Similarly, molecular profiling has identified several distinct breast cancer subtypes. These include three subtypes of ER-negative tumors — HER-2–enriched, basal-like and normal-like — and two subtypes of ER-positive tumors, luminal A and luminal B.

Prat and colleagues recently described a claudin-low subtype that showed high levels of epithelial-mesenchymal transition genes and cancer stem cell-like features.

In addition, the hormone status and HER-2 receptor status can change over time as a result of evolution of tumor cells.

As presented by Locatelli and colleagues at ASCO 2010, there was discordance in hormone receptor status between the primary tumor and subsequent liver metastases in a review of 255 patients.

Overall, the ER status changed in 16%, PR status changed in 30% and HER-2 status changed in 13% of patients. Thus, it may be important to biopsy the site of metastatic disease, as it can result in a change in treatment.

As seen in our patient, she initially had hormone receptor-positive disease that did respond to hormonal therapy. She subsequently progressed and was started on systemic chemotherapy. However, although she had clinical and radiological improvement in her thoracic metastases, she was found to have progressive disease in her liver.

It is possible that her cancer cells have evolved into different biologic subtypes, each with different treatment response profiles. It may become important to better characterize these lesions, especially with advances in gene profiling, so a personalized therapeutic approach could be planned.

Munir Ghesani, MD, is an attending radiologist at St. Luke’s-Roosevelt Hospital Center and Beth Israel Medical Center and a HemOnc Today section editor. He is an associate clinical professor of radiology at Columbia University College of Physicians and Surgeons. Sumit Talwar, MD, is a fellow in hematology/oncology at St. Luke’s-Roosevelt Hospital Center. Eaton Lin, MD, is a resident in radiology at St Luke’s-Roosevelt Hospital Center. Gabriel Sara, MD, is an attending in hematology/oncology at St Luke’s-Roosevelt Hospital Center. Disclosures: Drs. Ghesani, Talwar, Lin and Sara report no relevant financial disclosures.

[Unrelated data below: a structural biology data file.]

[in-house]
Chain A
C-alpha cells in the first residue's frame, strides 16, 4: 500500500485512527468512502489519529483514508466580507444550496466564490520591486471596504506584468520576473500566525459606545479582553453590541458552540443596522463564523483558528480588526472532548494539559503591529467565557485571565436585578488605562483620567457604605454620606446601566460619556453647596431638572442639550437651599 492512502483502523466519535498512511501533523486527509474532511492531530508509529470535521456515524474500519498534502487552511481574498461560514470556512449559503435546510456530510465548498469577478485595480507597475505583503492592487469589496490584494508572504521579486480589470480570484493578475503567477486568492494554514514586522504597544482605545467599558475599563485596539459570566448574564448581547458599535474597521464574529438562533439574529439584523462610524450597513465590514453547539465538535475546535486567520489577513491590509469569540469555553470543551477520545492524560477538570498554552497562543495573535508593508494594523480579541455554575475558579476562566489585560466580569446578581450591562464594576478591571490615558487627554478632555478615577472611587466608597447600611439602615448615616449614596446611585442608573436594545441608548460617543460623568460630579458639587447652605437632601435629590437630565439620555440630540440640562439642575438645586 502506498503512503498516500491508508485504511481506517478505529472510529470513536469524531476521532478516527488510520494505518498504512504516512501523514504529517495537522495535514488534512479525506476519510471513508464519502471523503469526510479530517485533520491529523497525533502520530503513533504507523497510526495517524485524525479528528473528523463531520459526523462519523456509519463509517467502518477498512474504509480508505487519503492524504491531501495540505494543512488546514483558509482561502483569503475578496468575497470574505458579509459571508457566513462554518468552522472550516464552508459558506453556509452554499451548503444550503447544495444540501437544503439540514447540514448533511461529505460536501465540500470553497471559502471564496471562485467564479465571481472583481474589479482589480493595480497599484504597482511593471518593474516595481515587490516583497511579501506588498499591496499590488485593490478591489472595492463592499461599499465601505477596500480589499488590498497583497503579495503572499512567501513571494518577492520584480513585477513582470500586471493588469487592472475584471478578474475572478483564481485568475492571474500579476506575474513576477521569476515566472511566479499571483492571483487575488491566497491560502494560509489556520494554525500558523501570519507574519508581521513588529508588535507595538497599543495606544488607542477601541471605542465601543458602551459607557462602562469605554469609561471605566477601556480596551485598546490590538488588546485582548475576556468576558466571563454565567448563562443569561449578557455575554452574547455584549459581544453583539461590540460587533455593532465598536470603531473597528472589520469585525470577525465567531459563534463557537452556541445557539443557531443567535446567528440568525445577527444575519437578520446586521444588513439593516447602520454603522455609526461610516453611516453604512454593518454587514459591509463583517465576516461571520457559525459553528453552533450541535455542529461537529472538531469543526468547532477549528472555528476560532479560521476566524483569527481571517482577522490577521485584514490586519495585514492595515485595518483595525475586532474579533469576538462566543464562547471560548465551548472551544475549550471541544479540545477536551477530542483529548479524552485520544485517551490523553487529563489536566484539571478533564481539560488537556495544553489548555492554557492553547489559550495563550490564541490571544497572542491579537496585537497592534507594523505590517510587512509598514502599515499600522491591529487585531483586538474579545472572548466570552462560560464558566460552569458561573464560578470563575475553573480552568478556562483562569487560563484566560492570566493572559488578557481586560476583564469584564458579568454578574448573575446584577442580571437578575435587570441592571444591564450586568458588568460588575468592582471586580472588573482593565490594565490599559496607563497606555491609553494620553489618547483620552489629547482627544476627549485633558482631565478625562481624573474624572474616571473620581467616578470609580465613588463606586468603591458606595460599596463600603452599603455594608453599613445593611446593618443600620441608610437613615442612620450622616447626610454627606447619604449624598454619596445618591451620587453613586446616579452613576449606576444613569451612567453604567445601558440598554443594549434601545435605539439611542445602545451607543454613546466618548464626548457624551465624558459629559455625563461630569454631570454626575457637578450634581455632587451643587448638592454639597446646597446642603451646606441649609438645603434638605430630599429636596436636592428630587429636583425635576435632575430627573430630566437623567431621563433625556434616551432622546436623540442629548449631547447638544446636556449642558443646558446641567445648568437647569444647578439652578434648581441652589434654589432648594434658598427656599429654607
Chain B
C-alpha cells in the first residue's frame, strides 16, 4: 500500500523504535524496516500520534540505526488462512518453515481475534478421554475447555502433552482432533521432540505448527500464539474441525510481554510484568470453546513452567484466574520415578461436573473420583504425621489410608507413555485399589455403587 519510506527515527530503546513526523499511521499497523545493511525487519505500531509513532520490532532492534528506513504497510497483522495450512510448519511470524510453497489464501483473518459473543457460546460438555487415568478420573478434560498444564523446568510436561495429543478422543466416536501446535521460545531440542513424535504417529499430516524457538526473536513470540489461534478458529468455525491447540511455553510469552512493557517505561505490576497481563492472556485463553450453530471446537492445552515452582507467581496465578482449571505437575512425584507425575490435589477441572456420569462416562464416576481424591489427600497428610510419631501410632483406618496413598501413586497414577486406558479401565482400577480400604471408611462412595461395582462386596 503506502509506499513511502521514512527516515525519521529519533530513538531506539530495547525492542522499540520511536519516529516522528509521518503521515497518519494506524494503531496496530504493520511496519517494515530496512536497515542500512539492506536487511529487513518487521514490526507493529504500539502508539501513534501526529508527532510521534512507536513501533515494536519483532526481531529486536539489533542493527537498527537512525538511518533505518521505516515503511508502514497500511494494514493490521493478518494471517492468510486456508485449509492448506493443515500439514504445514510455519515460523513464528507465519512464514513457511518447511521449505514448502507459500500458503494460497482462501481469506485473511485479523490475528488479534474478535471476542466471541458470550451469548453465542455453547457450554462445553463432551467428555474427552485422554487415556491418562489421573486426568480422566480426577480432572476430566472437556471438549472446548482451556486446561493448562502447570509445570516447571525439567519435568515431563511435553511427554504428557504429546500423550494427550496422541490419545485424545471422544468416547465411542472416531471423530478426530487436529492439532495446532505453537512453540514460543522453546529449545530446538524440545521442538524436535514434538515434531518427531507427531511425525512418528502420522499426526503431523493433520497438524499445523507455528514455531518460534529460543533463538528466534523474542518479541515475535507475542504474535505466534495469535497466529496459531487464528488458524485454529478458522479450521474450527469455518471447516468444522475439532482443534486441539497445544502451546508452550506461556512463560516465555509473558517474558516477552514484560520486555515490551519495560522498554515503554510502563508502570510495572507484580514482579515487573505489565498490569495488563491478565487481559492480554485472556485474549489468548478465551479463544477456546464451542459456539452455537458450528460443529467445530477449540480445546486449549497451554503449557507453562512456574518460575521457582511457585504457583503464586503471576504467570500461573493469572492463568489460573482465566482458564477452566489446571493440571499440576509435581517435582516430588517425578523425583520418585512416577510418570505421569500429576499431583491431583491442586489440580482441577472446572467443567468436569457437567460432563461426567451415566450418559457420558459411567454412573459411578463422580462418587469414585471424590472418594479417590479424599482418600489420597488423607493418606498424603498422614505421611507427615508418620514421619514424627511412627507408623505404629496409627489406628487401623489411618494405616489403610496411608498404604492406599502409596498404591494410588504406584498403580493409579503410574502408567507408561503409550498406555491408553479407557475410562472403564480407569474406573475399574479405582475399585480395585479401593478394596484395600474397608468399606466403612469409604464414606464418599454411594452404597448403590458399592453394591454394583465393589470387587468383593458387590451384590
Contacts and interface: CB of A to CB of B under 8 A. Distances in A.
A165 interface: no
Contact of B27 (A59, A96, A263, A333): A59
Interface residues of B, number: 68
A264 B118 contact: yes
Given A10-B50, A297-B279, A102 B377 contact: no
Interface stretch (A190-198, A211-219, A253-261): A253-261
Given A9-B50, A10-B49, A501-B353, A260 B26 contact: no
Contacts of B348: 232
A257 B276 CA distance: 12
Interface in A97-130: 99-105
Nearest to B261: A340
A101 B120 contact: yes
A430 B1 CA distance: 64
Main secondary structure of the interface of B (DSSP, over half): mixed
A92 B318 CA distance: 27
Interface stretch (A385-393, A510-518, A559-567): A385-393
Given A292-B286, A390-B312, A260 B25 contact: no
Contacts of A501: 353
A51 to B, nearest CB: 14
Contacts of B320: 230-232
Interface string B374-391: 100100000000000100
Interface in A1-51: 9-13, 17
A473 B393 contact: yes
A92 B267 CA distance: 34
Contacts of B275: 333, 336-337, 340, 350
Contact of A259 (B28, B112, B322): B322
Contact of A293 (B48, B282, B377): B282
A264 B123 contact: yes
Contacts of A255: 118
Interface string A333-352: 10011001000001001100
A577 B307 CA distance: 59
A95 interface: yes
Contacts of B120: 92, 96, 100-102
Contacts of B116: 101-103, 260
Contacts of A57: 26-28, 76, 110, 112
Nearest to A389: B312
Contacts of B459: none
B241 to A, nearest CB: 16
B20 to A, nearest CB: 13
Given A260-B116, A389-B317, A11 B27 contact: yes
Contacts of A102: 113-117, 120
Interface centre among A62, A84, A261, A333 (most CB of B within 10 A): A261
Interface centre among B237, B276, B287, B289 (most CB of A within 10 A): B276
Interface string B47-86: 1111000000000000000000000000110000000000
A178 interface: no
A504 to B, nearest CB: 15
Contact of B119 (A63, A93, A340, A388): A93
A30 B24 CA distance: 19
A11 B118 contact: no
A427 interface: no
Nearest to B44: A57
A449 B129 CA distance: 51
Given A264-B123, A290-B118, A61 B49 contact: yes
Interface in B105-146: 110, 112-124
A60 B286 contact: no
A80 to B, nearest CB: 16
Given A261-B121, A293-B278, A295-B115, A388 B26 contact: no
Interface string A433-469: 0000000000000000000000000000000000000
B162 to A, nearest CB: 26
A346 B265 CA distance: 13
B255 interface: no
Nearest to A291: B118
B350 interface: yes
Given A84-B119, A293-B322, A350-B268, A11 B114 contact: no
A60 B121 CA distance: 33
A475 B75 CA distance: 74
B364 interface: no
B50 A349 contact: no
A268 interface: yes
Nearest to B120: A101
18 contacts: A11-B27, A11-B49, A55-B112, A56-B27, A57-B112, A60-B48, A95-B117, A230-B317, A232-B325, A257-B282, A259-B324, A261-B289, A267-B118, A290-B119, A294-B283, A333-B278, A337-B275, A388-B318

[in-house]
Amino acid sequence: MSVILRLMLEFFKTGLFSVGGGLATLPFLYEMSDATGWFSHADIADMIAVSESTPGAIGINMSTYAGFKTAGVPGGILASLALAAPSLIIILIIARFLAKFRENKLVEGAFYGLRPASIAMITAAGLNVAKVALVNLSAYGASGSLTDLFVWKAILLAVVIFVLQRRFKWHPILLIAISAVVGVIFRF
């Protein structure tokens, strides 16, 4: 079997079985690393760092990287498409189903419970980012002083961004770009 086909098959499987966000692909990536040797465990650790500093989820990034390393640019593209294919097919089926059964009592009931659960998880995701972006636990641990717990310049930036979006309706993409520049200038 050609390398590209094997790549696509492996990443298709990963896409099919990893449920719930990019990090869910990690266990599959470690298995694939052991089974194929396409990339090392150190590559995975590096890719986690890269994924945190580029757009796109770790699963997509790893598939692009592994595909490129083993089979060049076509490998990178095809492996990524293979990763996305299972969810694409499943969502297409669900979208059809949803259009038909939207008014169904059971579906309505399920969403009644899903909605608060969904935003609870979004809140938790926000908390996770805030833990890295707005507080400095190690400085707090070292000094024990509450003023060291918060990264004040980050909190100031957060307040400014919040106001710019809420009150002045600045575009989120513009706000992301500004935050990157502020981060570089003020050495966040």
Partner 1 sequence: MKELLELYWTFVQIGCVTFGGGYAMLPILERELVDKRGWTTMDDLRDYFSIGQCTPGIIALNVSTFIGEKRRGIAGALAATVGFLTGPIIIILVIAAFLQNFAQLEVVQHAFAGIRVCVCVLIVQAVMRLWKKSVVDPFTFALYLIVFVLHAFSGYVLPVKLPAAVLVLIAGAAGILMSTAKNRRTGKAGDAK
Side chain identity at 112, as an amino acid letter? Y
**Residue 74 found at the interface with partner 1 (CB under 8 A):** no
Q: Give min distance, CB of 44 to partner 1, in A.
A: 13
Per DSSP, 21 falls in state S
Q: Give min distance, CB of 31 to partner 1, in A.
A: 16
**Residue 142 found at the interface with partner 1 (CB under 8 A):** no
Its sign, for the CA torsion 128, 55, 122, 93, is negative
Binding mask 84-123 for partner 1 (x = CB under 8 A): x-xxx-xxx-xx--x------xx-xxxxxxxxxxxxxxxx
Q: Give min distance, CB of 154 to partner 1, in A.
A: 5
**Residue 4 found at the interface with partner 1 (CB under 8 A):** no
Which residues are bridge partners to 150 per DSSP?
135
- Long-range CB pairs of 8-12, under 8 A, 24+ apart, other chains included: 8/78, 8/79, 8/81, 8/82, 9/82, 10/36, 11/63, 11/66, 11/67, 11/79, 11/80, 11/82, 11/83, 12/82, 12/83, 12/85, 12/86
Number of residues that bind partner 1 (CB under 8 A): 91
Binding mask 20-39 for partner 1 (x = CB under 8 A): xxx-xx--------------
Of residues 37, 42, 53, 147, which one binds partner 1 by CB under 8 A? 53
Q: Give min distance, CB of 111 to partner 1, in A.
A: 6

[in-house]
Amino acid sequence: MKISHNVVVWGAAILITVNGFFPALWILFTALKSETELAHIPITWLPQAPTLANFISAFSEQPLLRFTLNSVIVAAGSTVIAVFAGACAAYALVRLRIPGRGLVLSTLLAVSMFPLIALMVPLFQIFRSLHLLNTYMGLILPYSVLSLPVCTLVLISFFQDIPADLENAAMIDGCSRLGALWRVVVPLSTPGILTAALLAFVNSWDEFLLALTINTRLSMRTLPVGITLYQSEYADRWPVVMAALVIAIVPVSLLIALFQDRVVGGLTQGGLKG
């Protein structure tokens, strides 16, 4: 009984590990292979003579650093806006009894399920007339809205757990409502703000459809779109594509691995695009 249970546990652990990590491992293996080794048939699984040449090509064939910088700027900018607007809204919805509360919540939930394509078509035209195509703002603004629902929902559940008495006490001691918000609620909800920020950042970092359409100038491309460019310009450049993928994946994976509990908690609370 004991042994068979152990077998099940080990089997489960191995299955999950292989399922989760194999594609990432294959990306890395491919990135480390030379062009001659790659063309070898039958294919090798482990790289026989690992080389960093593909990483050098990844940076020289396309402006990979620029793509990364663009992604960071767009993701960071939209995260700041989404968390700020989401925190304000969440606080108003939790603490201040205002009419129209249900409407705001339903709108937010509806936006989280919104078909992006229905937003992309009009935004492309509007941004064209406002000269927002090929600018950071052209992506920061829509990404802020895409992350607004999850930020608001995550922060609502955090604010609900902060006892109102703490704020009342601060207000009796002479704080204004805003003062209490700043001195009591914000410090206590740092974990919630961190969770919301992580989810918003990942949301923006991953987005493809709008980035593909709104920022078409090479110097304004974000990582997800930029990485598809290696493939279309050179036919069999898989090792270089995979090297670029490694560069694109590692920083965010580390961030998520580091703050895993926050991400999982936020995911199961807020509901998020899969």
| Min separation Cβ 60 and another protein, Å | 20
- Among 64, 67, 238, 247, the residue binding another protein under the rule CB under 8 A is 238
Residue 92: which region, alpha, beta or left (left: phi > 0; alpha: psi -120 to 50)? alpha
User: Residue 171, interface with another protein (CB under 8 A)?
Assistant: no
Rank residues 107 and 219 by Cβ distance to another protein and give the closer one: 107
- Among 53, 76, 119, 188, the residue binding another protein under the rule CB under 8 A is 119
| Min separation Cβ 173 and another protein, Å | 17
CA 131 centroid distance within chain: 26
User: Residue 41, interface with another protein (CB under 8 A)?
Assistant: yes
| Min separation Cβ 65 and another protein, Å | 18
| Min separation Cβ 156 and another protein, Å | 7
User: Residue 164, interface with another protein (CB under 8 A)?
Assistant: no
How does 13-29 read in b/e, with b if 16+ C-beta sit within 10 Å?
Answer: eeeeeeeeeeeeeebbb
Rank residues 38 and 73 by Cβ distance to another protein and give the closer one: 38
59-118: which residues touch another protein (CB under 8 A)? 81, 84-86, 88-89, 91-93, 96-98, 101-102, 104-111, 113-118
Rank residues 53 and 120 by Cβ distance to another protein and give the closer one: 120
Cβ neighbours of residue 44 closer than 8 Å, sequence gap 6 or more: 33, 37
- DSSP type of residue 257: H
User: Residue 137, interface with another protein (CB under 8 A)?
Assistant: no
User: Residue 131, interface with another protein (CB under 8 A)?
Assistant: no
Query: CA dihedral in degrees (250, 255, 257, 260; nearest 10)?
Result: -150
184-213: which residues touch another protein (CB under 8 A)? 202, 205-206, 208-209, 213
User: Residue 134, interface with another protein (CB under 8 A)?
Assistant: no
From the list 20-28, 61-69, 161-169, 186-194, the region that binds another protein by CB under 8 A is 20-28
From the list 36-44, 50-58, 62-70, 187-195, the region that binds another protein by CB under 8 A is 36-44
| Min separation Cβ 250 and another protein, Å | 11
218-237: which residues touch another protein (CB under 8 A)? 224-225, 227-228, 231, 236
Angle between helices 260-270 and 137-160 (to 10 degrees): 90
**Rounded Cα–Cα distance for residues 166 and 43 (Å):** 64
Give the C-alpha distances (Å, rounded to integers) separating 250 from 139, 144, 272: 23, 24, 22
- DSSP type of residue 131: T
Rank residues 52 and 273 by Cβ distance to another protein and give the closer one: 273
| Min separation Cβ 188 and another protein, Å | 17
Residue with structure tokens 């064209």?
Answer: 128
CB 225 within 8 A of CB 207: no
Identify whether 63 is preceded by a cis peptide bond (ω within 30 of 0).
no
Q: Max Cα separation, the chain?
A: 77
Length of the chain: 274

For more information:

  • Fisher B. J Natl Cancer Inst Monogr. 2001; 30:62-66.
  • Locatelli MA. J Clin Oncol. 2010; 28:18s. (suppl; abstr CRA1008).
  • Prat A. Breast Cancer Res. 2010;12:R68.

An 83-year-old female with a family history of breast cancer was diagnosed in 1992 with a right breast cancer that was hormone receptor-positive, infiltrating ductal carcinoma.

She underwent right mastectomy and was surgically stage I (T1N0M0). She went on to receive adjuvant tamoxifen therapy.

In 1997, she noticed a right chest wall nodule that was excised and found to be recurrent breast cancer. Her metastatic work-up was negative for any distant disease.

She received a course of local radiation treatment and was subsequently followed off any treatment.

She did well until July 2005, when she had been complaining of right-sided chest pain. Her initial work-up, including a chest X-ray, was negative.

She subsequently underwent a PET/CT scan that showed nodular pleural thickening throughout the right lung that was hypermetabolic with standard uptake value (SUV) up to 3.0. There also was a 3-cm pleural-based mass in the right upper lobe that was hypermetabolic (SUV 8.4), consistent with metastatic disease.

Figure 1
Figure 1. (From left) CT image, PET image and CT/PET fusion image from studies dated Aug. 25, 2011 (top row) and Nov. 15, 2011 (bottom row). There has been interval regression of a hypermetabolic pleural plaque at the right posterior lung base measuring up to 2.8 cm x 1.6 cm and demonstrating SUV of 3.6 on the study dated Aug. 25, 2011, and measuring up to 2.0 cm x 0.8 cm with SUV of 2.5 on the study dated Nov. 15, 2011.

There was no evidence of any other sites of metastatic disease.

She was started on anastrozole and subsequent imaging showed a remarkable response.

She did well until October 2009. Repeat chest imaging showed mild progression of her pleural nodules, though she remained clinically asymptomatic.

She was switched to letrozole and, again, her disease remained stable for more than a year.

Around January of this year, she complained of significant shortness of breath with exertion. A repeat PET/CT scan showed progression of right pleural disease along with a large right pleural effusion.

Figure 2
Figure 2. (From left) CT image, PET image and CT/PET fusion image from studies dated Aug. 25, 2011 (top row) and Nov. 15, 2011 (bottom row). There has been interval development of a new focus of hypermetabolism in segment VIII of the liver, demonstrating SUV of 4.2, consistent with new hepatic metastasis. There is no CT imaging correlate on this examination. However, a dedicated multiphase CT or MRI likely would show a focal metastatic lesion. A regressing hypermetabolic pleural plaque in the right posterior lung base also is noted.